Companies target soybean genetics

Cibus and GDM recently formed an agreement to develop new soybean traits. Cibus uses precision gene-editing technologies to breed novel crop protection-trait products. Its Rapid Trait Development System is a new breeding technique that accelerates the processes underlying natural breeding to increase crop yields. GDM is a global soybean breeding company. It has 16 breeding stations worldwide and tests more than 1.5 million plots per year. Visit cibus.com and gdmseeds.com for more information.

Seedless hemp developed

Calyxt Inc. has developed triploid breeding technology to create seedless hemp. That new development, the company’s transformation of the hemp genome, and more technologies in the pipeline are improving hemp's potential for producing plant-based protein, oil and alternatives to plastics, according to Calyxt.

The company plans to provide access and use of its triploid seed technology to industry partners. A seedless crop can improve fiber quality and increase yield for fiber production. Grain production for hemp protein and oil derivatives also be enhanced with a breeding program based on controlled pollination, effectively eliminating the threat of rogue pollinators that can reduce yields, the company stated. Visit calyxt.com for more information.

Renewable-diesel production expands

The Love's Family of Companies, Cargill and their affiliates have entered into a joint venture to produce and market renewable diesel. The joint venture, Heartwell Renewables, will result in construction of a production plant with the capacity to produce about 80 million gallons of renewable diesel per year.

Cargill will provide feedstock in the form of tallow. Once the diesel is produced, Musket, the commodity-trading and logistics arm of the Love's Family of Companies, will transport and market the product in the United States.

The production process makes renewable diesel chemically identical to petroleum diesel with improvements in environmental performance due to a reduction in carbon intensity and emissions, according to Cargill.

Construction of the new plant is scheduled to begin soon. Renewable-diesel production is expected to start in spring 2023. The joint venture is expected to employ about 50 people. Visit cargill.com and loves.com for more information.

Companies sign renewable-natural gas pact

Clean Energy Fuels Corp. recently formed an agreement with Amazon to provide renewable-natural gas at 27 existing Clean Energy fueling stations and another 19 non-exclusive new or upgraded Clean Energy-owned stations. The new stations are expected to be built by year’s end. The new and existing stations will provide renewable-natural gas in 15 states.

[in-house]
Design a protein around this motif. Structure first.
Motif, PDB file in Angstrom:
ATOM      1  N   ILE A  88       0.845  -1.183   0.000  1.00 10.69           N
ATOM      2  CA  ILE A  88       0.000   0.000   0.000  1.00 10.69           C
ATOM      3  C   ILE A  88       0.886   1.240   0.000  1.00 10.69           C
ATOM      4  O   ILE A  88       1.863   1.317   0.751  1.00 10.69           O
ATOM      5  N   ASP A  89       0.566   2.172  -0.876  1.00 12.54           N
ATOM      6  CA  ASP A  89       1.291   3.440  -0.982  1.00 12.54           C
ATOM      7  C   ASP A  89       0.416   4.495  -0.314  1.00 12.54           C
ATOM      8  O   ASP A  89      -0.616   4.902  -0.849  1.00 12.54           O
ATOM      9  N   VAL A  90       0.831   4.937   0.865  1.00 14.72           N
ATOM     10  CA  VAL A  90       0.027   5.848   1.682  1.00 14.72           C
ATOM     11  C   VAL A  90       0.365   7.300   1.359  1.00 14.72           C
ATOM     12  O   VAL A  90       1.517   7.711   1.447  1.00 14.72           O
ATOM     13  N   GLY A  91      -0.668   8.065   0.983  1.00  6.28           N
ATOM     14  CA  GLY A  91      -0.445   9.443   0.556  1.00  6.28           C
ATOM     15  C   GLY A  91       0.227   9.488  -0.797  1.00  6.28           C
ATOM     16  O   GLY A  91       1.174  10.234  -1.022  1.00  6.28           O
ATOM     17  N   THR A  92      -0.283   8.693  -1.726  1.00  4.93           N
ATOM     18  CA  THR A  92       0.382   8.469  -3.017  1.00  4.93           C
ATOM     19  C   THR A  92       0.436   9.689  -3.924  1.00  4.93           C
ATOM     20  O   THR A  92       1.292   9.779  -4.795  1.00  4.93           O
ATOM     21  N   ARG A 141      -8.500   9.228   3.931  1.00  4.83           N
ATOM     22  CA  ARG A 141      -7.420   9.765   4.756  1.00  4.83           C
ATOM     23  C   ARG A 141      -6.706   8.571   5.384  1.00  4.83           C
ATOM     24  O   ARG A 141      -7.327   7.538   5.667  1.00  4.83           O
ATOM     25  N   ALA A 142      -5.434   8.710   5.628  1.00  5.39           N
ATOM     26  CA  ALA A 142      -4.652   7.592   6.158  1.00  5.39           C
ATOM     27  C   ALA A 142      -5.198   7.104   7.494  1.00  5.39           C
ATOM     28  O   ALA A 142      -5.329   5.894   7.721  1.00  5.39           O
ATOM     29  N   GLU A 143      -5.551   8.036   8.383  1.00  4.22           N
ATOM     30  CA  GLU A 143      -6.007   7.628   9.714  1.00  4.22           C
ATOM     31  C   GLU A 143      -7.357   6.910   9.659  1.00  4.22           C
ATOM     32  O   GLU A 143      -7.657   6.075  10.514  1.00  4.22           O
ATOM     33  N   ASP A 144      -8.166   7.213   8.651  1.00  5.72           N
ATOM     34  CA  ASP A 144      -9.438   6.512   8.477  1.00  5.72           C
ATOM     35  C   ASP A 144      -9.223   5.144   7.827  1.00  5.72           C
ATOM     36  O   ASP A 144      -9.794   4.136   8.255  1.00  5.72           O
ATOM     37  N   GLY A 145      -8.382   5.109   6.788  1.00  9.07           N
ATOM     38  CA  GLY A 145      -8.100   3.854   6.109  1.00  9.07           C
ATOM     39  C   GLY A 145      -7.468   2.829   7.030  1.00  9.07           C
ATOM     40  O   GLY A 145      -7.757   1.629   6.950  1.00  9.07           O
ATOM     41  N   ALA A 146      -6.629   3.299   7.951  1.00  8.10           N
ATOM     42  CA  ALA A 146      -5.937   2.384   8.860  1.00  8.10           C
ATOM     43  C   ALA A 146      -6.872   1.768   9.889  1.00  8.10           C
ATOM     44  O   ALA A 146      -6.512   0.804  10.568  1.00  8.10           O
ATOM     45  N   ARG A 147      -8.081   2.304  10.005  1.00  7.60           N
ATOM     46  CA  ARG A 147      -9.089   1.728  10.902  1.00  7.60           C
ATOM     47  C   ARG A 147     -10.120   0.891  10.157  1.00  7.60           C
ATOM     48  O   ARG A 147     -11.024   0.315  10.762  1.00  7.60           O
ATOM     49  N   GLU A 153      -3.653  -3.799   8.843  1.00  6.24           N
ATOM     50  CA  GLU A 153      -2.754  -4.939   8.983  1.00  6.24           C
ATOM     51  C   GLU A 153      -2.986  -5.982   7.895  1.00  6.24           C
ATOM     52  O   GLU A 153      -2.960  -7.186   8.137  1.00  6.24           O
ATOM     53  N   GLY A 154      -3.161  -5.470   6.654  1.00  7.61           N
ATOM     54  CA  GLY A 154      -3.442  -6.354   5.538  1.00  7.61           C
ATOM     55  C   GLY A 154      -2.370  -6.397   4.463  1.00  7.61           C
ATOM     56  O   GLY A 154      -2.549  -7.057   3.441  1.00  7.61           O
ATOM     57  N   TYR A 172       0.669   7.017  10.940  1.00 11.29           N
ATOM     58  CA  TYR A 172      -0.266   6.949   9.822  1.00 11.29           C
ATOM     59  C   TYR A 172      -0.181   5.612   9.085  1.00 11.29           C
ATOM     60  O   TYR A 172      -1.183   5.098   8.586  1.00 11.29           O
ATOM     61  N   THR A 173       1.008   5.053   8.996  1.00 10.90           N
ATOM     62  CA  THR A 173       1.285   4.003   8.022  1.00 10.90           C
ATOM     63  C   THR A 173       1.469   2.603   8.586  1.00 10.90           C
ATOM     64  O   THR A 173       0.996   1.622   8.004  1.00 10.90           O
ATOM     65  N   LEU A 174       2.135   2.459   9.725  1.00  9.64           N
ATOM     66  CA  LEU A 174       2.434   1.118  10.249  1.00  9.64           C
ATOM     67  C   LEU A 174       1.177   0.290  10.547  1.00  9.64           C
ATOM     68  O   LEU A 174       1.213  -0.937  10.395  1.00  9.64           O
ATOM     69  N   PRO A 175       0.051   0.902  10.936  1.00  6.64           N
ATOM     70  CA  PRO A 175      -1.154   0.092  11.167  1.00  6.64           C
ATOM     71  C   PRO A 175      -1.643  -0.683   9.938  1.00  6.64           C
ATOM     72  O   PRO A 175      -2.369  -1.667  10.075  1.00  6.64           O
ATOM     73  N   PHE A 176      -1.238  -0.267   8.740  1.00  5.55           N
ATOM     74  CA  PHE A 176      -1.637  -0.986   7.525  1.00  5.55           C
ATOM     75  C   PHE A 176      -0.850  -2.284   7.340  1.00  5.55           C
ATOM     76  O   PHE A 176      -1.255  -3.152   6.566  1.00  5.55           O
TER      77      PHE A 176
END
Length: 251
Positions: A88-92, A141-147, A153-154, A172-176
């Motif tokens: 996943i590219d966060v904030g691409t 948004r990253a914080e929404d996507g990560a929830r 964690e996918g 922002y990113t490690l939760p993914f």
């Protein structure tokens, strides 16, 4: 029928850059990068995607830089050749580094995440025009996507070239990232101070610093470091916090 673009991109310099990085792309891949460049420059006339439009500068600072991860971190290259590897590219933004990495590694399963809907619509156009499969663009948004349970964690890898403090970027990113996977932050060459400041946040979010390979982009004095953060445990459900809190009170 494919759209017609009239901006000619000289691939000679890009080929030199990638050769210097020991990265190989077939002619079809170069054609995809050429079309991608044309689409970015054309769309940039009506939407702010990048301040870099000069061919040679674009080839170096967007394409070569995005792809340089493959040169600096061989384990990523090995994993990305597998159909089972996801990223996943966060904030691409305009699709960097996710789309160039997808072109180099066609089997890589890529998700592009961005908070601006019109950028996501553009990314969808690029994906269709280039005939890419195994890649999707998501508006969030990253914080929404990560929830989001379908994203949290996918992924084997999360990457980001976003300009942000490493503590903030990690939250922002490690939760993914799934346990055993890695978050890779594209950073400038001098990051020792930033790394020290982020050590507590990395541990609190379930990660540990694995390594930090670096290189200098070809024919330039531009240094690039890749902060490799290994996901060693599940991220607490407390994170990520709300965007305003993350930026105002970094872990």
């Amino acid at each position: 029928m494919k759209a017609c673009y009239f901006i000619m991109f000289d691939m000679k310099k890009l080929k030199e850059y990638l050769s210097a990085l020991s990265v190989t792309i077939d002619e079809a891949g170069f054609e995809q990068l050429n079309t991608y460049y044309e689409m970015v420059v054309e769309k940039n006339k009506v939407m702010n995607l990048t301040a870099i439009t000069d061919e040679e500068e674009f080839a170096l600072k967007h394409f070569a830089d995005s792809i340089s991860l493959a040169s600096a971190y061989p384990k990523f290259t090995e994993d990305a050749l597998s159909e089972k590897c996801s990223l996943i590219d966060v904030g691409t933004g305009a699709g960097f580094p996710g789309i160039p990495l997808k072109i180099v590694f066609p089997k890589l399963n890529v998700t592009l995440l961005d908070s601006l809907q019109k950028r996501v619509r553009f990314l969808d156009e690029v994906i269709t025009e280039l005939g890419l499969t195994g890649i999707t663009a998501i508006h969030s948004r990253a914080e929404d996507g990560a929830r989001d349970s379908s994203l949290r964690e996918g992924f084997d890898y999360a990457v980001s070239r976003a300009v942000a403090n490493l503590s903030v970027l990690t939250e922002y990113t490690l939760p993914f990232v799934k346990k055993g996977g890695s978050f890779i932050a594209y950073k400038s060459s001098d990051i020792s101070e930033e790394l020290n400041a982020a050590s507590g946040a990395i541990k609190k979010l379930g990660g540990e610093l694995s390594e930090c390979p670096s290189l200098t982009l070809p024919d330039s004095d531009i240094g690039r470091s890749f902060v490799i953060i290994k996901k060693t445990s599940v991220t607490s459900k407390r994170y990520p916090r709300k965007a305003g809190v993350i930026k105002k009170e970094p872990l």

Clean Energy Fuels’ renewable-natural gas is derived from biogenic methane produced by the breakdown of organic waste. The company is helping vehicle users to reduce greenhouse-gas emissions from 60 percent to more than 400 percent depending on the source.

Clean Energy can deliver compressed natural gas and liquefied natural gas. It operates a network of 565 stations across the United States and Canada and owns natural-gas-liquefaction facilities in California and Texas. Visit cleanenergyfuels.com for more information.

Cheese company appoints executive

Saputo Inc. recently appointed Leanne Cutts as president and CEO for the company’s international and Europe businesses. Her appointment will become effective in the second half of 2021.

Cutts is currently the global chief marketing officer at one of the world’s largest banks. Prior to that she held senior-management positions in Australia, Asia and the United Kingdom where she was responsible for overseeing marketing, new product development, manufacturing and operations for companies in the food and beverage industry and in the consumer-healthcare industry.

Cutts will be based in Melbourne, Australia, and will report to Kai Bockmann, Saputo’s president and chief operating officer. Cutts’ appointment will allow Bockmann to focus on global corporate and strategic functions. Visit saputo.com for more information.

Investment in technology surges

Global investment in agricultural- and food-technology companies in 2020 surged to $22.3 billion. Based on early data investments in 2021 are expected to exceed that record amount, according to Finistere Ventures, a venture-capital firm.

Low interest rates and a soaring equity market drove 2020 investments. Potential disruption of markets fueled increases in investment across all stages and segments, according to Finistere Ventures.

The company recently published a report in collaboration with PitchBook Data. The report provides an analysis of which sectors earned the most investor interest in 2020. It also features a preliminary look at investment activity in early 2021. Highlights from the report are featured.